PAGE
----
If there is anything that can bring the world’s largest population together besides Pakistan Vs India Cricket matches, is their season of festivities. And every time it arrives, it infuses a spirit of celebration in the whole nation. As you gear up for Diwali, we bring to you a list of 10 weirdest and craziest festivals celebrated in India.
- Angi Kheli
Widely known as the Fire Festival, Angi Kheli is celebrated in Mangalore every April with hundreds of daredevils wearing nothing but loincloths throwing fireballs at each other. These men are divided into two teams and if a player catches fire, his teammates treat with him some kind of a special holy water called Kumkumarchane. Full of danger yet a spectacle to watch – every Indian must witness Agni Kheli at least once in his life.
- Nag Panchami
They don’t call India the land of snake charmers for no reason. The craziest Nag Panchami celebrations take place in Baltis Village, Maharashtra where people bring snakes to a temple and worship them. The snakes are then offered milk and rats and set free. The fangs of these venomous snakes aren’t removed before worshipping them because it is said snakes do not bite on Nag Panchami.
- Kila Raipur Rural Olympics
These mini Olympics in Raipur have gained so much of prominence amongst sports enthusiasts, it witnesses participation from people from all across the globe. Celebrated in Ludhiana, Kila Raipur Rural Olympics see a lot of mindboggling death0defying stunts and games like the bulock cart race and pulling trucks with nothing but your teeth!
Every year, Thrissur celebrates Pulikkali in such a grand way that will totally blow your mind. Men dress up as tigers and entertain the spectators. By the end of it all, the best performer is chosen and awarded. The detail with which the make-up and the costumes are done is just mind boggling. If you want to see a hundred tigers together, Pulikkali is a festival you must not miss.
- Jaisalmer Desert Festival
Rajasthanis show the world how real celebrations are done. Splashes of vibrant colours, people dressed in traditional Rajasthani attires, competitions for the locals – the desert festival totally defines festivity in the true sense of the word. You have to see it to believe the scale at which it is celebrated.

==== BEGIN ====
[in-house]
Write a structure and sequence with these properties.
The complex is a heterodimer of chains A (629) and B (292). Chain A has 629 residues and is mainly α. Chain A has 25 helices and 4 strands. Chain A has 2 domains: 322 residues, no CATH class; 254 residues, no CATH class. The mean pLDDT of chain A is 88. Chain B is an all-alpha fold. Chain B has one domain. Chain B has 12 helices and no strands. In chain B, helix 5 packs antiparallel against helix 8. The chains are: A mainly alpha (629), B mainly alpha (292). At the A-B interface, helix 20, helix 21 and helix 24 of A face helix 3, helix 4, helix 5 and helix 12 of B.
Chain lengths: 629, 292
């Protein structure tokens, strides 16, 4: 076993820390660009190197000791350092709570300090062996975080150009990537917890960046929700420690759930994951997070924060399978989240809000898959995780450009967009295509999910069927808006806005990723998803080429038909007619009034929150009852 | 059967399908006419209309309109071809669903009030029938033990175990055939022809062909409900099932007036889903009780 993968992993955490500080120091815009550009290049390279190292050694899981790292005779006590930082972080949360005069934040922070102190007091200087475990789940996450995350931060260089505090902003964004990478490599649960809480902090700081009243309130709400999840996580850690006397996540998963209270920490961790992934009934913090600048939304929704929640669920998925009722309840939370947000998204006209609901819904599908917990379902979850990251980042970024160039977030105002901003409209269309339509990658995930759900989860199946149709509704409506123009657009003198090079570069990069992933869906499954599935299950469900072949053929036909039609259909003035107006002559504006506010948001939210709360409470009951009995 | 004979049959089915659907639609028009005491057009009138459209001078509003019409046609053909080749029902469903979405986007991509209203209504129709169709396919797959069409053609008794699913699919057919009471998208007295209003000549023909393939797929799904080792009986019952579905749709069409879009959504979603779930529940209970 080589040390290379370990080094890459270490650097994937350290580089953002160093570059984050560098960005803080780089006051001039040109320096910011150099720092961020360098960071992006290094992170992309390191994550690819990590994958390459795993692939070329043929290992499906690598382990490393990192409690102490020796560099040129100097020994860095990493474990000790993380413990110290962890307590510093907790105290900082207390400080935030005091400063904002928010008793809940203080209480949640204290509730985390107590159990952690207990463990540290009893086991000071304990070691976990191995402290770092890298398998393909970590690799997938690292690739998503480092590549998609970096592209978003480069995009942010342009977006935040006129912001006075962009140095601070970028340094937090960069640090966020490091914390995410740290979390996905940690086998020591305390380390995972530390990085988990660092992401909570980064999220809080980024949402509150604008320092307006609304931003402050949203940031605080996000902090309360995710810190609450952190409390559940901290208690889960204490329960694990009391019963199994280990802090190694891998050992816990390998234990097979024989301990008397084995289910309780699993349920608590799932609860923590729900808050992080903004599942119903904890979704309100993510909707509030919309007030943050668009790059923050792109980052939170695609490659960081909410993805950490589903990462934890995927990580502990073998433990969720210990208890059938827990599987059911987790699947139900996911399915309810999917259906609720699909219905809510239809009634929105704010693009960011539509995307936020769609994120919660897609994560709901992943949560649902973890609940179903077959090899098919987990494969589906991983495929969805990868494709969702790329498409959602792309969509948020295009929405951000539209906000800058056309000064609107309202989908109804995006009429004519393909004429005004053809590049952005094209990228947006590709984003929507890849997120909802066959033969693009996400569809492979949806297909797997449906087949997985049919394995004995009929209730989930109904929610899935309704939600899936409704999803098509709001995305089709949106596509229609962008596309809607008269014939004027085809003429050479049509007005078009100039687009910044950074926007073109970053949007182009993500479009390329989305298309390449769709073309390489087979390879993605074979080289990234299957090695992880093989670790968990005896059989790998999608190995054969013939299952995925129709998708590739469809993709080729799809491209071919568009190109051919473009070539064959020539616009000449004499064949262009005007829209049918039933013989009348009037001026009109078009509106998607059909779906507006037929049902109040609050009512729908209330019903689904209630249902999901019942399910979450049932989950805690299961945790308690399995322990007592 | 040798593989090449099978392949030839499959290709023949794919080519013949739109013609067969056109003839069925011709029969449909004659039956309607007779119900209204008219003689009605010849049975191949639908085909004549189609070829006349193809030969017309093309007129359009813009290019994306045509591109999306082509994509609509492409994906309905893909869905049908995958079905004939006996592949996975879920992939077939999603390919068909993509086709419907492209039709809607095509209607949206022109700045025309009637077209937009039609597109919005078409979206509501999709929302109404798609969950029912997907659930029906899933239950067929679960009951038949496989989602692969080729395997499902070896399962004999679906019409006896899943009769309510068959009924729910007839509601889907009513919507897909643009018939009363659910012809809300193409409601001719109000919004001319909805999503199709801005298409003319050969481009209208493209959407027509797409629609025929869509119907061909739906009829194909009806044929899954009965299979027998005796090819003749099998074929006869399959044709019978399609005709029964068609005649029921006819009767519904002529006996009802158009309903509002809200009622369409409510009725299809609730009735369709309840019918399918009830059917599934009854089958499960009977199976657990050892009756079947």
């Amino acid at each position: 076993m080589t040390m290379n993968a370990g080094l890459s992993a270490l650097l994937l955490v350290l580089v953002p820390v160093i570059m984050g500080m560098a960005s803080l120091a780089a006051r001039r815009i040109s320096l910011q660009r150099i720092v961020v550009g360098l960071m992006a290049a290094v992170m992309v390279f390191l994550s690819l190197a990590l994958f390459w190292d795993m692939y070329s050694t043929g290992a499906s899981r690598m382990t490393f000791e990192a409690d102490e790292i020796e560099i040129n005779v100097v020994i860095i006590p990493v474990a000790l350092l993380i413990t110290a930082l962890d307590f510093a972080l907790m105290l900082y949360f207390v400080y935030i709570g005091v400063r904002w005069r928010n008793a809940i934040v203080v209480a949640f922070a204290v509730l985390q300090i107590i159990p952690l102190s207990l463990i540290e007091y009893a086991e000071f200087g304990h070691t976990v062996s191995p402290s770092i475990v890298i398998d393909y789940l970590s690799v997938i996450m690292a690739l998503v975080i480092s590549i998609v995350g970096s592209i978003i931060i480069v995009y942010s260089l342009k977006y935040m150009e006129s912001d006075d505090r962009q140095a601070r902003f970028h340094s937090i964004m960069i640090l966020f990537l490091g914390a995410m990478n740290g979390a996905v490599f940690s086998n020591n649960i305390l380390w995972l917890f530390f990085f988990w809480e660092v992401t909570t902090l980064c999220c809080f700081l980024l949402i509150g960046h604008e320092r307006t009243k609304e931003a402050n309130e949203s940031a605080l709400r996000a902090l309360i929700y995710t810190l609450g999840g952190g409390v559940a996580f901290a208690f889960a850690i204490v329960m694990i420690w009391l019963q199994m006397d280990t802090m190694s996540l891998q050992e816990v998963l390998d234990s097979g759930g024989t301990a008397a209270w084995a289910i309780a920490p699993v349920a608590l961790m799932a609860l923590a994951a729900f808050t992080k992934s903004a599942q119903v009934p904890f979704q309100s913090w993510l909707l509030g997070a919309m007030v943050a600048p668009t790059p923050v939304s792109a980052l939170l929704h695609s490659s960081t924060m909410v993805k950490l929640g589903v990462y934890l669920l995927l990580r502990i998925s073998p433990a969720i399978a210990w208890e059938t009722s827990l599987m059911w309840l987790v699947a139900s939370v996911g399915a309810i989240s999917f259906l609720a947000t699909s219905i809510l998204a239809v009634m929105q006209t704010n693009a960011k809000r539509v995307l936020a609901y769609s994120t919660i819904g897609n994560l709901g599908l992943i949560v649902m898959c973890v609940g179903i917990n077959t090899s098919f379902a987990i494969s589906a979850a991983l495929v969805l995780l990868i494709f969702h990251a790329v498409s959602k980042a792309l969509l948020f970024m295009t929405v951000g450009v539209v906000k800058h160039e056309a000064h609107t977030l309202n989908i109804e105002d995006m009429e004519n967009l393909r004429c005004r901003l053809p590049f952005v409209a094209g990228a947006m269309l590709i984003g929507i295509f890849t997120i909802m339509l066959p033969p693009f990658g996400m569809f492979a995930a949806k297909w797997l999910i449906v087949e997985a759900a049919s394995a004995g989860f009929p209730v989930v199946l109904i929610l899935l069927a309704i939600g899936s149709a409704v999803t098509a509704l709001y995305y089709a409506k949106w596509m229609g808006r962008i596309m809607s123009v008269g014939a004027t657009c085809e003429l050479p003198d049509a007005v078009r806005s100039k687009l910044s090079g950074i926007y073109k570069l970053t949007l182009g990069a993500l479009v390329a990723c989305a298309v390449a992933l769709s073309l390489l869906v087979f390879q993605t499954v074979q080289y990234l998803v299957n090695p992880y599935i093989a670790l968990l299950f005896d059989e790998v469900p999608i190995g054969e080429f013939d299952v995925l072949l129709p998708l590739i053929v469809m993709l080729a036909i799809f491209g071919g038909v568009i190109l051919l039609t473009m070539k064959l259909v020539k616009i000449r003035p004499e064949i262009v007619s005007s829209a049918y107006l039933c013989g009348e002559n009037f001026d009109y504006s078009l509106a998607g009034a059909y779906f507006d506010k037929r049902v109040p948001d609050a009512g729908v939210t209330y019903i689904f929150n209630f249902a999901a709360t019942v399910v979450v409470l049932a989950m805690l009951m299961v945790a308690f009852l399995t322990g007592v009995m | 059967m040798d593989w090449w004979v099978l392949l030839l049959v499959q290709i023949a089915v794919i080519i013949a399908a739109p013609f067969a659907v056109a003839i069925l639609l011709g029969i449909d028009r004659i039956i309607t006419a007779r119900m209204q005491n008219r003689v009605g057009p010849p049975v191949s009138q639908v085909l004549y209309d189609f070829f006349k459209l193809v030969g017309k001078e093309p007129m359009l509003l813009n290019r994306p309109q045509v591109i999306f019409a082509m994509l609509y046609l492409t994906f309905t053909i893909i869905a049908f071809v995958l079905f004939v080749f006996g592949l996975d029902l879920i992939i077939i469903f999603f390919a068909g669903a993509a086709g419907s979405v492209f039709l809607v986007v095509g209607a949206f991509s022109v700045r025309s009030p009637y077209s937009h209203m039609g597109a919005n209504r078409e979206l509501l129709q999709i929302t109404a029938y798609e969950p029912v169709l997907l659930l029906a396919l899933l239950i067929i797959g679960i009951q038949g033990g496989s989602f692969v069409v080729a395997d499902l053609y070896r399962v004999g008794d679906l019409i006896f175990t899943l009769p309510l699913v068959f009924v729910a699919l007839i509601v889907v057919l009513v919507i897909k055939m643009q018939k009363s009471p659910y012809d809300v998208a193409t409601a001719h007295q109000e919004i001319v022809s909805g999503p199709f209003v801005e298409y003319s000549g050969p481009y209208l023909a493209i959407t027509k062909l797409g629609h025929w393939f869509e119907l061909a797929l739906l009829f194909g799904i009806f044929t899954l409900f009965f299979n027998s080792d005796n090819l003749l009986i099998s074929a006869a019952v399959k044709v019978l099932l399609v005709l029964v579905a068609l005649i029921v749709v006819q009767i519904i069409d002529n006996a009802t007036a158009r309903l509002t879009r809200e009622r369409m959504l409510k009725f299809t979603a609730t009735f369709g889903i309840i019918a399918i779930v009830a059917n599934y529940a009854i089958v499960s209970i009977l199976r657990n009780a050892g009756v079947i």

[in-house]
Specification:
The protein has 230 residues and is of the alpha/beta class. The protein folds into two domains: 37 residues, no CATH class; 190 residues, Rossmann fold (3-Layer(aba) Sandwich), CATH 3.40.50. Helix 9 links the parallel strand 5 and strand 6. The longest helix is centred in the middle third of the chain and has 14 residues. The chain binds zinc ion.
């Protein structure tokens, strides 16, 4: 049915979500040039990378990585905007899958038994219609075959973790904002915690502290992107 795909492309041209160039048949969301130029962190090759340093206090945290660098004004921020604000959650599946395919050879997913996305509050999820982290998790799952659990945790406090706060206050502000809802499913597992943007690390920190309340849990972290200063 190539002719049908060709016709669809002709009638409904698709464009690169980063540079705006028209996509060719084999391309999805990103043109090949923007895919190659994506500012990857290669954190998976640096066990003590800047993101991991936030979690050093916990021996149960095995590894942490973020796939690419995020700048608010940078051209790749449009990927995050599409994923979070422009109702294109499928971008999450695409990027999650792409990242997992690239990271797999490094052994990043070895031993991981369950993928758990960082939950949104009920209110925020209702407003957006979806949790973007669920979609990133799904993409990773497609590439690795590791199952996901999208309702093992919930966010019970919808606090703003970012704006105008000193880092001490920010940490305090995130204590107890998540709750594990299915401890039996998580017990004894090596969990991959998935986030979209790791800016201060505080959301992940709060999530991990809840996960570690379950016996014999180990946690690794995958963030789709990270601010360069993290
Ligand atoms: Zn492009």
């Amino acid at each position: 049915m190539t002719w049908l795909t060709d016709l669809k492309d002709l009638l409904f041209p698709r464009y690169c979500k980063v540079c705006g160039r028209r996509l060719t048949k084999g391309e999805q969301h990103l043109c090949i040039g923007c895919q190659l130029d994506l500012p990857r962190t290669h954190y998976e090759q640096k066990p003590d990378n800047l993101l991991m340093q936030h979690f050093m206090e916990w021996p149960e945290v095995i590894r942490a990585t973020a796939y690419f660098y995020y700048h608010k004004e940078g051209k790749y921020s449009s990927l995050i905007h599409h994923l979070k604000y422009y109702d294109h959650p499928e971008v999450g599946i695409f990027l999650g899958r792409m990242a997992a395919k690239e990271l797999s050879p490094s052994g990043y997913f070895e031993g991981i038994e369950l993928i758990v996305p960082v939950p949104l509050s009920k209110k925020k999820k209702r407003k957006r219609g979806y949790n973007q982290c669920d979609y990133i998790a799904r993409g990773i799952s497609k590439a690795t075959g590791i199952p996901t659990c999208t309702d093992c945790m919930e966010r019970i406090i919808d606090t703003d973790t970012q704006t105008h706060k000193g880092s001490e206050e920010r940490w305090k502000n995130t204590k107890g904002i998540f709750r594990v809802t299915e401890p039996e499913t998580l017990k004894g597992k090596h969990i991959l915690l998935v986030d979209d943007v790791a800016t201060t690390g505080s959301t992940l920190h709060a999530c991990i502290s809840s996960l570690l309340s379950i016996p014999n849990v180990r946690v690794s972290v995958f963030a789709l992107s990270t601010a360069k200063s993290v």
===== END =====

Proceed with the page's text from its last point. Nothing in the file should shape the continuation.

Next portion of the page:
- Lath-Mar Holi
People in and around Mathura start celebrating Holi way in advance and how! According to a legend, Lord Krishna was chased out of Barsana by women using sticks because he was teasing them, playfully, of course. Since then, men from neighbouring places come to Barsana only to be chased away (read beaten up) by women holding lathis for celebrating Holi. The devotional songs playing in the background with people chanting Hare Krishna and the bhang/thandai totally add to the mood
- Hemis Festival
The Masked Dance is the highlight of this festival that is celebrated in the Buddhist monastery of Hemis Jangchub Choling, near Leh. This festival is known for its masks that are so intricately made, keeping each and every minute detail in mind, that you wouldn’t be able to believe your own eyes. Another dance, Padmasambhava showcases various legends about Yama- The God Of Death.
Krishna devotees make a human pyramid that is dangerously high as one of them climbs up to the top and breaks the ‘dahi handi’. Many people have suffered severe bone injuries during these celebrations but the enthusiasm has not even once dropped. Also glorified in a lot of movies, Janmashtami celebrations are something the whole nation is proud of.
- Karni Mata Festival
One of the most interesting, and definitely the creepiest, Karni Mata Festival sees hundreds of devotees visit the temple of Karni Mata, Rajasthan to worship Goddess Durga. There are thousands of rats living in this temple that are said to have Durga’s souls. It is auspicious to eat the food left over by these rats. Also, only the most fortunate people get to spot a white rat amongst the other ones.
- The Thaipuism Festival
Seeing the Thaipuism festival celebrations is gut-wrenching to say the least. People put themselves through intolerable pain to seek the blessings of their Gods, for which they get their body parts pierced. It is largely celebrated in Southern India and even other countries’ like Sri Lanka, Singapore and Thailand.